An Inventory Management System can Cut Food Cost, Reduce Theft and Earn Greater Profit Margins
June 12, 2012 | By Ryan McRorie |
It’s easy, and unfortunately, common for restaurants to lose money through poor inventory management practices. Beginners are particularly exposed to this cash drain, since they often do not have their financial control systems secured. But even the most well-managed, established restaurants have ongoing challenges in this area.
Consider the challenges of dealing with food. First, your inventory is not like a plate of french fries at a bar counter. Most of it is highly perishable. Your ingredients have a limited shelf life, much of it less than a week, some as short as just a day or two. Fail to use a product within this short time results in throwing it into the trash along with some of your hard-earned profit.
Furthermore, you have a lot of people who handle your food inventory — from the time your products are ordered, received, stored, prepared and ultimately served to your customers. Even a small eatery may have 10-15 people involved in the food production process. The more people involved in taking “raw” inventory and converting it to the delivered product, the more difficult it is to control loss, waste and misuse of inventory.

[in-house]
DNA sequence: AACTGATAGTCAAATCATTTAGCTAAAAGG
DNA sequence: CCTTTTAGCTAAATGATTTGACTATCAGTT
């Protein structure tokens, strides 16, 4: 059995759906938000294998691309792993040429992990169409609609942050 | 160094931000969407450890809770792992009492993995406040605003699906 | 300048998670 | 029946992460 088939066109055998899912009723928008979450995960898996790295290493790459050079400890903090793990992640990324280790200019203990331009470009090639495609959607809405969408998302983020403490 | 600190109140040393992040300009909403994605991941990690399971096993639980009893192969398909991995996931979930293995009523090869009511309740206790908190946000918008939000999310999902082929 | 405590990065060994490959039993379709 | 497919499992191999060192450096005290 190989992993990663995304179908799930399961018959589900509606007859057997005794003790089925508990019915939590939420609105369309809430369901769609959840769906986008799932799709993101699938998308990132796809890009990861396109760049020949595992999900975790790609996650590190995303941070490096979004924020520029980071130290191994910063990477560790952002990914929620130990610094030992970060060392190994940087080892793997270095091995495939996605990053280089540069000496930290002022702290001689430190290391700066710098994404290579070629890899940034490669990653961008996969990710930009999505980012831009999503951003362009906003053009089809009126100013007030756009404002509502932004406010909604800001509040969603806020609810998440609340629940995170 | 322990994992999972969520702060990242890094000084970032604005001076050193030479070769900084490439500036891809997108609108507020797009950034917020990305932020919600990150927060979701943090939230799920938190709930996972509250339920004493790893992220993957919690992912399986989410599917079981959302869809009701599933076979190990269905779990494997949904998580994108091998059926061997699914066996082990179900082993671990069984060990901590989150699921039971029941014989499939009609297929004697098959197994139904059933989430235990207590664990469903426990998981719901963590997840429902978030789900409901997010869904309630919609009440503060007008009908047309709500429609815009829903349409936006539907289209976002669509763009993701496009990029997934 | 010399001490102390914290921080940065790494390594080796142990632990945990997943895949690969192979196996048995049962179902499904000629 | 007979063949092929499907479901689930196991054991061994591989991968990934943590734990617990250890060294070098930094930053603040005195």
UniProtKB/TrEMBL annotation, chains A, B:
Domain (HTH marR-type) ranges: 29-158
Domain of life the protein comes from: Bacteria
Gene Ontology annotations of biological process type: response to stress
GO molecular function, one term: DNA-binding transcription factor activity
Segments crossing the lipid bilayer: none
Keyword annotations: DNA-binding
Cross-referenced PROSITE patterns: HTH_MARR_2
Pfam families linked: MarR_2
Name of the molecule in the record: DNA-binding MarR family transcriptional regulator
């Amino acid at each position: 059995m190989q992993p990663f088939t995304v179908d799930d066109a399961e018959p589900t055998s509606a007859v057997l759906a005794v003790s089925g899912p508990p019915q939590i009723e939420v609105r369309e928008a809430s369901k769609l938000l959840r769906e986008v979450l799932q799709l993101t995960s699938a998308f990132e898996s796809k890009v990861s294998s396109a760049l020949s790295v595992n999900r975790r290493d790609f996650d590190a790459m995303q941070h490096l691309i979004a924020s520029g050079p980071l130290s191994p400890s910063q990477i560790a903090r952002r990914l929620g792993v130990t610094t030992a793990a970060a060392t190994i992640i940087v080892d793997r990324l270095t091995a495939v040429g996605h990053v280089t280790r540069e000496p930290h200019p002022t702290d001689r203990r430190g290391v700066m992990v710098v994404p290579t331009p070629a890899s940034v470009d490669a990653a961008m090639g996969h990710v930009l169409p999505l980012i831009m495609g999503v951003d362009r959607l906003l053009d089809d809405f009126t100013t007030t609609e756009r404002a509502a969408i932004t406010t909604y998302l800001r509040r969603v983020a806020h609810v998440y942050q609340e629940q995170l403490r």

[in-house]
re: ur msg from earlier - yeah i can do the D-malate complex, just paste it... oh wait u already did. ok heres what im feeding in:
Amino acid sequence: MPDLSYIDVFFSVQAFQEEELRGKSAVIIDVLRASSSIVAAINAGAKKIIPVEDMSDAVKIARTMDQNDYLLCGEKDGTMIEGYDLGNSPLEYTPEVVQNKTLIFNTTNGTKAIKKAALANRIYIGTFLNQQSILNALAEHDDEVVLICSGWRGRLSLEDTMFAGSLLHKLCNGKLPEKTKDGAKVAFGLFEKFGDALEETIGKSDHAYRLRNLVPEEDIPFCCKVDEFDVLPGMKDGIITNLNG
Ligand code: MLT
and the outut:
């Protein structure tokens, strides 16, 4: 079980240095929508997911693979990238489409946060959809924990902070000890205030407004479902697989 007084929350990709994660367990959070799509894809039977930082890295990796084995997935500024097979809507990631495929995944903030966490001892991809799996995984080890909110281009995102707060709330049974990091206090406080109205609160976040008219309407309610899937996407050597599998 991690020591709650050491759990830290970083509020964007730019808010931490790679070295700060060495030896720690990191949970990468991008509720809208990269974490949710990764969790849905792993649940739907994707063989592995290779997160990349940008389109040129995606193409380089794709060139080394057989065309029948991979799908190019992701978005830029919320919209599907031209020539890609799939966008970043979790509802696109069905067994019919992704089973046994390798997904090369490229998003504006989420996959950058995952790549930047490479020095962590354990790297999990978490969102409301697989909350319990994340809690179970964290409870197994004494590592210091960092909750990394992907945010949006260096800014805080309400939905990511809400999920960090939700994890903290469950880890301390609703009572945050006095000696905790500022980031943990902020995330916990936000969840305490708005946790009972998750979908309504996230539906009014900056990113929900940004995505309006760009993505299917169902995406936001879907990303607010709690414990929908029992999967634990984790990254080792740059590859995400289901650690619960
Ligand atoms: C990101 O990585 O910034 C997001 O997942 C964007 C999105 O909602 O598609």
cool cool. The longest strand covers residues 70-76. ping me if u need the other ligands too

As the saying goes, “Too many cooks, spoils the food”; waste and theft become hidden problems, gradually eating your gross margins.
On the subject of theft, even a small eatery has dozens if not hundreds of raw and partially prepared food products in storage. You’re stocking lots of desirable products to which many people have access.
Depending on size, nature, volume and recipes in your business, there’s a good chance that you’ll have between 200 and 500 different raw food products in your storage rooms that are of value to everyone. The more products you have, the more challenging it is to control their use. The more of anything you have, the less likely one or two items will be immediately missed.
A true inventory management system will have an interface to record your physical inventory, tally it and find discrepancies with your computer inventory. It allows you to view the inventory, track usage and identify overages/shortages. It helps you to earn more by deriving smarter ways to control and reduce inventory cost.